A majority of UAE and Saudi consumers are optimistic that their countries’ economies will rebound within two to three months despite the crippling effects of the Covid-19 outbreak, a new survey from global consultancy McKinsey found.
Fifty-seven per cent of UAE consumers and 58 per cent of Saudi consumers are optimistic that the economy will grow to become "just as strong or stronger” than before the outbreak, according to the survey that measured Middle East consumer sentiment during the coronavirus crisis.
The results from the poll, which was conducted between March 23 and 26, were released on Thursday and follow similar surveys in China, Italy, Spain, the UK and the US. About 1,000 consumers each in the UAE and Saudi Arabia were surveyed.
"The survey was done when the UAE, KSA and wider GCC region were still in the early stages of the Covid-19 country contagion curve," Abdellah Iftahy, partner and leader of the consumer and retail practice at McKinsey Middle East, told The National. "As such, consumers are still optimistic about a speedy recovery of the economy."
In China, where the virus originated and new cases have since significantly decreased, 48 per cent of survey respondents are optimistic about the country’s economic recovery.
However, consumers were largely either unsure or pessimistic about the lasting economic impact of Covid-19 in countries where the outbreak has accelerated at an alarming rate.
In the US, which now has the highest number of cases globally, 39 per cent were optimistic about an economic recovery. In the UK, only 23 per cent were confident, in Spain 19 per cent and France 18 per cent. In Italy, which has the highest death toll from the virus and second-highest number of confirmed cases, that figure stood at only 13 per cent.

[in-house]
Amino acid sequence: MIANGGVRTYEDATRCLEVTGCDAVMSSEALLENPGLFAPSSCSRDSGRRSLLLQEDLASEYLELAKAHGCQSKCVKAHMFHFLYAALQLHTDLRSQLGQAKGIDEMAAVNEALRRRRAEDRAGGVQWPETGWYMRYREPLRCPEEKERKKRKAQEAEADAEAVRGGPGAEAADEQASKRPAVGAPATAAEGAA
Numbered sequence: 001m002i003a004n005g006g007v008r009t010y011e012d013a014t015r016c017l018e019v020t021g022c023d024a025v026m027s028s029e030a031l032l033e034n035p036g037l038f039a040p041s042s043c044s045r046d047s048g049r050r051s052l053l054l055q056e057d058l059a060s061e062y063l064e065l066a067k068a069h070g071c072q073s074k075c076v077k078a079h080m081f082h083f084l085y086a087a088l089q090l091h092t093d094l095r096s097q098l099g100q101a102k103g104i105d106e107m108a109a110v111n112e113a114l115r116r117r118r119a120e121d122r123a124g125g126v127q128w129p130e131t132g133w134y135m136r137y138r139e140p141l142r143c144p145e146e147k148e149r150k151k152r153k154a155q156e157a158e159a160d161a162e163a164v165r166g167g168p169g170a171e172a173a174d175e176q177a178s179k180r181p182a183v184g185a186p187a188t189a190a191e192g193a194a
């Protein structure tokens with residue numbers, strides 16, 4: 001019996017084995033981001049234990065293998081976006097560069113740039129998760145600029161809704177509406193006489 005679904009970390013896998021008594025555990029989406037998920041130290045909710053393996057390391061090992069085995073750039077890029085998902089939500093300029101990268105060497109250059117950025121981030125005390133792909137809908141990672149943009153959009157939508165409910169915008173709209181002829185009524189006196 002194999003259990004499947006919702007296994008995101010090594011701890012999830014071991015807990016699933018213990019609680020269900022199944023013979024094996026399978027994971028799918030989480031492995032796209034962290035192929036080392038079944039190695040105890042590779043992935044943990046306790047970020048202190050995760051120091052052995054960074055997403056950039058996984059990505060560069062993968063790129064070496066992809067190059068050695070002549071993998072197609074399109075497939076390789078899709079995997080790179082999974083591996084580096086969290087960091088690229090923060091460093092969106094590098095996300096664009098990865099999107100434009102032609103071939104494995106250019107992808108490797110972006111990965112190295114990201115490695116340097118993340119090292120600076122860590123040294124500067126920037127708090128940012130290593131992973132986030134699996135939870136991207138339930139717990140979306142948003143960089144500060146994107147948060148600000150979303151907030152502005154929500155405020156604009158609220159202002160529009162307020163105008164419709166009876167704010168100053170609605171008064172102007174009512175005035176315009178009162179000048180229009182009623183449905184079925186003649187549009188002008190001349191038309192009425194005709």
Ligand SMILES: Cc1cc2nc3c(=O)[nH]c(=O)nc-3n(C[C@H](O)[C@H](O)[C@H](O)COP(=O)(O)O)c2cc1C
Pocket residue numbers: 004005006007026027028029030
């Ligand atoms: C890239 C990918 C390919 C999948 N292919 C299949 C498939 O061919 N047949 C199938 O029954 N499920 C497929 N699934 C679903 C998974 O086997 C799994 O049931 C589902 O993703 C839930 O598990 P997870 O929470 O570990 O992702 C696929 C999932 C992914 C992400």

Worldwide there are over 930,000 cases of Covid-19 with more than 47,000 deaths as of Thursday, according to Johns Hopkins. Around 194,000 have recovered.
The US has over 216,000 cases and Italy more than 110,000. Saudi Arabia has 1,720 cases with 16 deaths and 264 recoveries. The UAE has 814 cases with eight deaths and 61 recoveries.
Measures to contain the virus, including widespread business and school closures, travel restrictions, event cancellations and stay-at-home directives, have brought some sectors to a complete halt and had drastic ramifications for the global economy.
McKinsey’s Middle East survey found that 28 per cent of UAE consumers and 30 per cent of Saudi consumers are unsure about the country’s economic recovery, meaning they think it will be affected for six to 12 months and will “stagnate or show slow growth thereafter”.
Fifteen per cent of UAE consumers and 12 per cent of Saudi consumers are pessimistic, meaning they think Covid-19 will have a long-lasting impact on the economy and either "show regression or fall into a lengthy recession".
The survey also looked into consumer behaviours, shopping trends, and changes in both household income and spending during this time.
In the UAE, 52 per cent of consumers said they are worried about Covid-19’s impact on their overall finances and 54 per cent said they are cutting back on spending.
In terms of household income, 52 per cent of UAE consumers said it has either reduced slightly or reduced a lot. About a third said it remained the same and 17 per cent said it increased slightly. As for household spending, 52 per cent said it has remained the same and a quarter said it has increased.
In Saudi Arabia, half are worried about the impact of the virus outbreak on their finances. Forty-four percent said household income has reduced and 48 per cent said household spending has remained the same.
Consumers in both the UAE and the kingdom are focusing on the essentials, with about a third in each country increasing spend on food and drink categories, but more than half decreasing spending in beauty and cosmetics.
Government curfews and stay-at-home directives have accelerated the shift to online shopping. Fifty-five per cent of respondents in each country expected to spend more money on online entertainment over the next two weeks. Thirty per cent of UAE consumers and 24 per cent of Saudi consumers expected to buy their groceries online over the same time period.
“The circumstances have required consumers to change their behaviours rapidly, both in terms of consumptions and channels, accelerating the penetration of online industries, such as e-grocery,” Mr Iftahy said.
The intent to spend on groceries online has “skyrocketed” to up to five times the baseline penetration rate before Covid-19 and home consumption is increasing, he added.
Although the trends are tied to the current situation, “most consumers are likely to retain the behaviour changes going forward”, Mr Iftahy said.